Interviews vs Ethnography: A Case for Slowing Down

Ethnography is two things: (1) the fundamental research method of cultural anthropology, and (2) the written text produced to report ethnographic research results. Ethnography as method seeks to answer central anthropological questions concerning the ways of life of living human beings. Ethnographic questions generally concern the link between culture and behavior and/or how cultural processes develop over time.

In order to answer their research questions and gather research material, ethnographers often live among the people they are studying, or at least spend a considerable amount of time with them. While there, ethnographers engage in “participant observation”, which means that they participate as much as possible in local daily life (everything from important ceremonies and rituals to ordinary things like meal preparation and consumption) while also carefully observing everything they can about it. Through this, ethnographers seek to gain what is called an “emic” perspective, or the “native’s point(s) of view” without imposing their own conceptual frameworks. The emic world view, which may be quite different from the “etic”, or outsider’s perspective on local life, is a unique and critical part of anthropology.

Unfortunately, it is the element of time that is increasingly overlooked in business-focused ethnographic work. The two-hour interview seems to tell us everything we need to know, rather than expansive learning.  While there are legitimate concerns over cost and time in most business structures, there is a point at which anything of real value is lost when we don’t push back with clients, internal and external, and relay the true value of a good ethnographic project – depth.  Depth does not come from a shallow interaction, it comes from internalization, critical observation and reflection.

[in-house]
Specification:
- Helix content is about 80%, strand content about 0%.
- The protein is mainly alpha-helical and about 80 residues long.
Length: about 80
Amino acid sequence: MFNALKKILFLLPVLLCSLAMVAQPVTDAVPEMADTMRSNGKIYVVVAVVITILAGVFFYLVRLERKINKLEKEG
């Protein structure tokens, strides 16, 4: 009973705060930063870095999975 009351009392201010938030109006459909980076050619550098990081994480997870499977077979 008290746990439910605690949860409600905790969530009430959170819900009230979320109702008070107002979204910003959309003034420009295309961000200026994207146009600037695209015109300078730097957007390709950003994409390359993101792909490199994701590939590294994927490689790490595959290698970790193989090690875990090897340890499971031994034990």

Think of it like the relationships you have in your own life.  The first date, indeed the first few months, are giddy and exciting, often filled with moments you will never forget.  But are they a reflection of the person with whom you are engaged or a brief moment defined by the context of dating.  What we know after being involved with someone for a few months or years is significantly richer than what we know after a few hours.  Why?  Because we learn to understand the other person’s worldview along with our own.  We learn to observe, ask better questions and think about things in we may not have noticed in the early days of courtship.

There is value in short interviews, whether you take an ethnographic approach or not.  But there is as much, if not more value in taking the time necessary to really think, experience and reflect.  It may not be good for the quarterly bottom line, but it is when looking at the long-term viability of a brand, product, or company.

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One thought on “Interviews vs Ethnography: A Case for Slowing Down

  1. I completely agree. Tracking as a person makes their way through a process, seeing where they stumble and how their thought process evolves brings a much greater level of understanding of the customer experience. We recently completed a study using an ethnographic “style” approach and we learned alot that we would have missed otherwise. The cost and the timing are challenges for this approach, particularly in this cost conscious environment. I think that the key is to identify the right processes for this more expensive approach, it is not needed for all.

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